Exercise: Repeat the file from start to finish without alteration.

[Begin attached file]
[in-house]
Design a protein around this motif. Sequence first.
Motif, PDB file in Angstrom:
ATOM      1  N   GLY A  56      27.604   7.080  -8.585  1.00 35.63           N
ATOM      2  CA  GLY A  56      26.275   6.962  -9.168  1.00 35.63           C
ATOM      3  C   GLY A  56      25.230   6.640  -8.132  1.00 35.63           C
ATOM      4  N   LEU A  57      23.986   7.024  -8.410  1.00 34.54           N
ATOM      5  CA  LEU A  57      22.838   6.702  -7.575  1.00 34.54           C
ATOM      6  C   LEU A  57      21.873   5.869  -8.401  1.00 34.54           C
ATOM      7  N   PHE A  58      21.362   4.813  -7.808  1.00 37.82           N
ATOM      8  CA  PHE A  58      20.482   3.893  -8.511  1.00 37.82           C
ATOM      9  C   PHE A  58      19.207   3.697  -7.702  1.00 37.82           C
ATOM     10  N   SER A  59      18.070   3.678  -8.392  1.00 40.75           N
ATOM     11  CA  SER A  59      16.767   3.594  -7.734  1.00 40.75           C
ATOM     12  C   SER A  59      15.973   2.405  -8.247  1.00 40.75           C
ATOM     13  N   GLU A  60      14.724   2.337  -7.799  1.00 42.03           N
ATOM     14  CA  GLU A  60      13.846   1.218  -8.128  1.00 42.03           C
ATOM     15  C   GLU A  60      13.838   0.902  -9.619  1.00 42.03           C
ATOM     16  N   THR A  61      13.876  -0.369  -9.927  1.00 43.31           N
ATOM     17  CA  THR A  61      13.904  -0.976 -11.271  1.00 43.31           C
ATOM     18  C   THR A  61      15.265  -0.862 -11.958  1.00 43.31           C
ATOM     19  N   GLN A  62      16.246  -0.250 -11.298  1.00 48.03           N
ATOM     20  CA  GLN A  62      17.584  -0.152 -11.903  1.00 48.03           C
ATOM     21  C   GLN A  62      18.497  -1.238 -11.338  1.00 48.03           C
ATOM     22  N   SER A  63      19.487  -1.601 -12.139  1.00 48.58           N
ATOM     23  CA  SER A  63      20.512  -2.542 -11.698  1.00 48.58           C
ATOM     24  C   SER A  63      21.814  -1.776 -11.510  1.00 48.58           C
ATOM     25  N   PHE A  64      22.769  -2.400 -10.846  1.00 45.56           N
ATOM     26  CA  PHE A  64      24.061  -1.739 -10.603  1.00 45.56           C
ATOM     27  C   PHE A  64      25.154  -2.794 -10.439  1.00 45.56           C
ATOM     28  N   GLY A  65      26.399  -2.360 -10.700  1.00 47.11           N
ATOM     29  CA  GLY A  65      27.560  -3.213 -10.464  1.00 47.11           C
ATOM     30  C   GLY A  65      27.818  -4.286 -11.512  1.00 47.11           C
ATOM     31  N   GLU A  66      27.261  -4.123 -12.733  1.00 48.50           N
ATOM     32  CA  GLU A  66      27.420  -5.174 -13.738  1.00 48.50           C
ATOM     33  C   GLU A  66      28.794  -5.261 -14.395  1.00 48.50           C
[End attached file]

[in-house]
Design a protein around this motif. Sequence first.
Motif, PDB file in Angstrom:
ATOM      1  N   GLY A  56      27.604   7.080  -8.585  1.00 35.63           N
ATOM      2  CA  GLY A  56      26.275   6.962  -9.168  1.00 35.63           C
ATOM      3  C   GLY A  56      25.230   6.640  -8.132  1.00 35.63           C
ATOM      4  N   LEU A  57      23.986   7.024  -8.410  1.00 34.54           N
ATOM      5  CA  LEU A  57      22.838   6.702  -7.575  1.00 34.54           C
ATOM      6  C   LEU A  57      21.873   5.869  -8.401  1.00 34.54           C
ATOM      7  N   PHE A  58      21.362   4.813  -7.808  1.00 37.82           N
ATOM      8  CA  PHE A  58      20.482   3.893  -8.511  1.00 37.82           C
ATOM      9  C   PHE A  58      19.207   3.697  -7.702  1.00 37.82           C
ATOM     10  N   SER A  59      18.070   3.678  -8.392  1.00 40.75           N
ATOM     11  CA  SER A  59      16.767   3.594  -7.734  1.00 40.75           C
ATOM     12  C   SER A  59      15.973   2.405  -8.247  1.00 40.75           C
ATOM     13  N   GLU A  60      14.724   2.337  -7.799  1.00 42.03           N
ATOM     14  CA  GLU A  60      13.846   1.218  -8.128  1.00 42.03           C
ATOM     15  C   GLU A  60      13.838   0.902  -9.619  1.00 42.03           C
ATOM     16  N   THR A  61      13.876  -0.369  -9.927  1.00 43.31           N
ATOM     17  CA  THR A  61      13.904  -0.976 -11.271  1.00 43.31           C
ATOM     18  C   THR A  61      15.265  -0.862 -11.958  1.00 43.31           C
ATOM     19  N   GLN A  62      16.246  -0.250 -11.298  1.00 48.03           N
ATOM     20  CA  GLN A  62      17.584  -0.152 -11.903  1.00 48.03           C
ATOM     21  C   GLN A  62      18.497  -1.238 -11.338  1.00 48.03           C
ATOM     22  N   SER A  63      19.487  -1.601 -12.139  1.00 48.58           N
ATOM     23  CA  SER A  63      20.512  -2.542 -11.698  1.00 48.58           C
ATOM     24  C   SER A  63      21.814  -1.776 -11.510  1.00 48.58           C
ATOM     25  N   PHE A  64      22.769  -2.400 -10.846  1.00 45.56           N
ATOM     26  CA  PHE A  64      24.061  -1.739 -10.603  1.00 45.56           C
ATOM     27  C   PHE A  64      25.154  -2.794 -10.439  1.00 45.56           C
ATOM     28  N   GLY A  65      26.399  -2.360 -10.700  1.00 47.11           N
ATOM     29  CA  GLY A  65      27.560  -3.213 -10.464  1.00 47.11           C
ATOM     30  C   GLY A  65      27.818  -4.286 -11.512  1.00 47.11           C
ATOM     31  N   GLU A  66      27.261  -4.123 -12.733  1.00 48.50           N
ATOM     32  CA  GLU A  66      27.420  -5.174 -13.738  1.00 48.50           C
ATOM     33  C   GLU A  66      28.794  -5.261 -14.395  1.00 48.50           C